VIDEO COUNT YOUR BLESSINGS

Nov 26, 2008
COUNT YOUR BLESSINGS by GEORGE BEVERLY SHEA with lyrics

This is a classic Christian Song sang by a long-time Christian Artist who just celebrated his centennial birthday, George B. Shea. There are too many blessings to count in life indeed and definitely not sheep. So count all the things that God has done for you and see the blessings. You may not get from God all that you ever wanted but you are not deprived of the essential things in life. By the way, viewing this is already a blessing, for one, you got internet connection. Right!

When Temptation Knocks

What makes a person successful at resisting temptation? I believe the best way to discover how to overcome temptation is to look at the One who dealt with every temptation successfully and consistently. The writer of Hebrews wrote of Christ:

For we do not have a high priest who cannot sympathize with our weaknesses, but One who has been tempted in all things as we are, yet without sin (Heb. 4:15).

Since Jesus successfully overcame temptation, we would do well to study his strategy for dealing with it. Unfortunately, we have only one clear passage of Scripture describing Christ’s encounter with temptation. We know from the Hebrews passage cited above that He was tempted more often than this, but the Holy Spirit chose not to include these in the Gospels.

Strangely enough, Jesus’ approach is so straightforward and simple that many believers tend to overlook it entirely. Others, after hearing it, make the most ridiculous excuses as to why they can not follow His example.

What was His strategy? After 40 days of fasting in the desert, Jesus used Scripture, and only Scripture, to resist Satan’s temptation (Matt. 4:1-11). This is hard for me to comprehend. The Son of God—the One who knows all things and has the power to do all things, the One whose words we study, memorize, and meditate on—never made an original comment during the entire interaction.

He never drew on his own wit. He never even relied on His own power. He simply responded with the truth of God’s Word. That’s all it took. Nothing fancy. Just the plain truth directed at the deception behind each of Satan’s requests. Jesus verbally confronted Satan with the truth, and eventually Satan gave up and left.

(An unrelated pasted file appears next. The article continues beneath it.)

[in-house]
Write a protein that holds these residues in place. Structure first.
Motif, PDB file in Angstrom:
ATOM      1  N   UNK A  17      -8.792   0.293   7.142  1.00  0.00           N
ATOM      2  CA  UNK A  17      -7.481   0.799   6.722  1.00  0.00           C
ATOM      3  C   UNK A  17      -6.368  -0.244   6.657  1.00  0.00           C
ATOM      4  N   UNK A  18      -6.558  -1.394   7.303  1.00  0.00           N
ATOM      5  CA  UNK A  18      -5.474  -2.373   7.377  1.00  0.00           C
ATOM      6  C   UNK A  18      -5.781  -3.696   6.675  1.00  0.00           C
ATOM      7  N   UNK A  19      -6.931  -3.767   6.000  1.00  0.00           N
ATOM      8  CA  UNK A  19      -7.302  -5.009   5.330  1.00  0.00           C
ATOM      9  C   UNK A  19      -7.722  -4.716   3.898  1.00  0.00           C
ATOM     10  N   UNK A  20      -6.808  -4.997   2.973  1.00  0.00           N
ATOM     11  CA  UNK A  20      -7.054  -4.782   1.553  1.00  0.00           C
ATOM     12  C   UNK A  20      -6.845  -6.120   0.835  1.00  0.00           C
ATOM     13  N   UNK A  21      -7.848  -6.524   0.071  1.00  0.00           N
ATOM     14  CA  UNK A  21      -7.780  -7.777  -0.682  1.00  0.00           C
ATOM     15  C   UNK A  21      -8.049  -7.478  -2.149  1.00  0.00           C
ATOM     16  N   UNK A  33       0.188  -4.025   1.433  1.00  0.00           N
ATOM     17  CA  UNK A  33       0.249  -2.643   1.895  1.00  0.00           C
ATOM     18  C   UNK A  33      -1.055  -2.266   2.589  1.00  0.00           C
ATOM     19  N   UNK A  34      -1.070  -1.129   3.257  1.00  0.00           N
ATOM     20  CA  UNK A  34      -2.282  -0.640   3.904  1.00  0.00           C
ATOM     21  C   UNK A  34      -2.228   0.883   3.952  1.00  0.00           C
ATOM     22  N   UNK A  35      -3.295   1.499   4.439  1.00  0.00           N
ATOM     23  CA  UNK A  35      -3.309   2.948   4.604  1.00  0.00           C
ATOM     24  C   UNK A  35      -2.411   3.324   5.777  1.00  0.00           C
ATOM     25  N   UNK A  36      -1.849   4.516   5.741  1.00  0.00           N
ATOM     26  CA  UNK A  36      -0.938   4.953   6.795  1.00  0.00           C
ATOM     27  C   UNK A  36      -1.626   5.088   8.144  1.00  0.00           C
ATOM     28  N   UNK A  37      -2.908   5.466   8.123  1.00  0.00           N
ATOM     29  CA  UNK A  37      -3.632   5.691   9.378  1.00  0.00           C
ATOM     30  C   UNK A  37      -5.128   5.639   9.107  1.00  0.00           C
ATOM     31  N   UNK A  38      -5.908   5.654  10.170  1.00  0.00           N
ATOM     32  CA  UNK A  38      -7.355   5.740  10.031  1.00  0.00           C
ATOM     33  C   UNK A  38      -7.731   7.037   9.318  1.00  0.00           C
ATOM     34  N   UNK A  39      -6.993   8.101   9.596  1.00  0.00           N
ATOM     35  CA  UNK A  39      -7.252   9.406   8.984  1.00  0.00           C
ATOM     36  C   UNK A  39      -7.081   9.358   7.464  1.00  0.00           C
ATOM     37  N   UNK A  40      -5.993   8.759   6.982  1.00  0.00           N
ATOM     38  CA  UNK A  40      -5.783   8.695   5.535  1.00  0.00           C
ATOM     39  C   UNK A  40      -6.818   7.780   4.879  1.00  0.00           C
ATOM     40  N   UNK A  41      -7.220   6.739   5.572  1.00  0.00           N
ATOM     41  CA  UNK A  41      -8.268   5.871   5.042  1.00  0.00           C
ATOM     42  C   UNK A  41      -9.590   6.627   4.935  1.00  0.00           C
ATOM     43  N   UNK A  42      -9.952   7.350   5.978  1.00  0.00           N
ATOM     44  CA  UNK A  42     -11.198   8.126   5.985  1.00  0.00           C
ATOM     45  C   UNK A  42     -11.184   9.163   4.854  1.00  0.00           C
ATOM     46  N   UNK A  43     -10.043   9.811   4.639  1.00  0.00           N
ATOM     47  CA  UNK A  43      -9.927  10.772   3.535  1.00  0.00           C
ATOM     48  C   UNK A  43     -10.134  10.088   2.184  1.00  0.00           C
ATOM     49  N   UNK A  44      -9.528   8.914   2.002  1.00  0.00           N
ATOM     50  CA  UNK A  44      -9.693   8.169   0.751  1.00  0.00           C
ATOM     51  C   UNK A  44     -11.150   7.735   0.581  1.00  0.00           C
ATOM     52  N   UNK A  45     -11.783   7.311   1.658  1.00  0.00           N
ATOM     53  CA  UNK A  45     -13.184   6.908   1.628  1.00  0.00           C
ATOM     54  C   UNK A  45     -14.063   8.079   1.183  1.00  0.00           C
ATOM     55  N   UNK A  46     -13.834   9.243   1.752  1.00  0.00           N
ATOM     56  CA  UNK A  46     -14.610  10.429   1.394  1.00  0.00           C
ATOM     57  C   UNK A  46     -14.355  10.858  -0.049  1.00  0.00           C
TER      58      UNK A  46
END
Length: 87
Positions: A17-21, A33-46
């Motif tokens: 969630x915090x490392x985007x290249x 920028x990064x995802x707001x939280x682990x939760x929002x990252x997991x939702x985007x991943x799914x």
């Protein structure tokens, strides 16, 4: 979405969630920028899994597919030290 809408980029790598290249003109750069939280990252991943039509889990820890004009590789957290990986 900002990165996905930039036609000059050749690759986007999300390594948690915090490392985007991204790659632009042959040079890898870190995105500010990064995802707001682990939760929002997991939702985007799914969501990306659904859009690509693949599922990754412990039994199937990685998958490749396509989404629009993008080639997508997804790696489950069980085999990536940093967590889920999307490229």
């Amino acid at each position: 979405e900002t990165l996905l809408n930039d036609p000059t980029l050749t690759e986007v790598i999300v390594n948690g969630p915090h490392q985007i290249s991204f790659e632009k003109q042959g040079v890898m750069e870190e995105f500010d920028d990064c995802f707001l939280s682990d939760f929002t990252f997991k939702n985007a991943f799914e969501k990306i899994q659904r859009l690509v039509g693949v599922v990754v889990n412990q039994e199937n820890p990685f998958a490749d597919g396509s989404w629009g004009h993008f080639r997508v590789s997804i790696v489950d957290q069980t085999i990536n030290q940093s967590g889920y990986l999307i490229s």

There are four primary reasons why a well-chosen passage or verse of Scripture is so effective against temptation.

First of all, God’s Word exposes the sinfulness of what you are being tempted to do. One of Satan’s subtle snares is to convince you that sin is really not so bad after all. God’s Word allows you to see things for what they really are.

A second reason the Word of God is so effective against temptation is that you gain God’s viewpoint through it. Since many temptations carry a strong emotional punch, you tend to get caught up in your feelings. Once you identify with the feelings temptation evokes, it becomes increasingly difficult to respond correctly. The truth of Scripture allows you to separate yourself just far enough mentally to deal with it successfully.

Another reason for turning to God’s Word in times of temptation is what one pastor calls the principle of displacement.1 This principle is based on the premise that it is impossible not to think about a seductive topic unless you turn your attention elsewhere. When you turn your thoughts to the Word of God during temptation, you do just that (Phil. 4:8).